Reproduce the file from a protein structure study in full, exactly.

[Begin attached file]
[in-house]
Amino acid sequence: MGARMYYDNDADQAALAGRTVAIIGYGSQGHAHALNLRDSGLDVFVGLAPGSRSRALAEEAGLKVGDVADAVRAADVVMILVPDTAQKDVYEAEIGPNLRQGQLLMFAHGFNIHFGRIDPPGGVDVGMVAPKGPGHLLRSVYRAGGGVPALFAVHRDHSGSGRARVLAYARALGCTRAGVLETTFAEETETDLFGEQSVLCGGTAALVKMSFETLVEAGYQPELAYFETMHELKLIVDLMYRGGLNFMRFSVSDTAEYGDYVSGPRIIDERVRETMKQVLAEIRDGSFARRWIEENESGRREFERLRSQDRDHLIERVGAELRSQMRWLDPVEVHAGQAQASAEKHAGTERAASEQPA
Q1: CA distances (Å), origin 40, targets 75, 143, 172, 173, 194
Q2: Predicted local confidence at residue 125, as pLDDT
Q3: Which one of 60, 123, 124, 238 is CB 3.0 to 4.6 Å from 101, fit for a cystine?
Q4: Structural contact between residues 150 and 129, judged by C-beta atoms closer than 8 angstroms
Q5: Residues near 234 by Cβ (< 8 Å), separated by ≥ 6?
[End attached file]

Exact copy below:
[in-house]
Amino acid sequence: MGARMYYDNDADQAALAGRTVAIIGYGSQGHAHALNLRDSGLDVFVGLAPGSRSRALAEEAGLKVGDVADAVRAADVVMILVPDTAQKDVYEAEIGPNLRQGQLLMFAHGFNIHFGRIDPPGGVDVGMVAPKGPGHLLRSVYRAGGGVPALFAVHRDHSGSGRARVLAYARALGCTRAGVLETTFAEETETDLFGEQSVLCGGTAALVKMSFETLVEAGYQPELAYFETMHELKLIVDLMYRGGLNFMRFSVSDTAEYGDYVSGPRIIDERVRETMKQVLAEIRDGSFARRWIEENESGRREFERLRSQDRDHLIERVGAELRSQMRWLDPVEVHAGQAQASAEKHAGTERAASEQPA
Q1: CA distances (Å), origin 40, targets 75, 143, 172, 173, 194
Q2: Predicted local confidence at residue 125, as pLDDT
Q3: Which one of 60, 123, 124, 238 is CB 3.0 to 4.6 Å from 101, fit for a cystine?
Q4: Structural contact between residues 150 and 129, judged by C-beta atoms closer than 8 angstroms
Q5: Residues near 234 by Cβ (< 8 Å), separated by ≥ 6?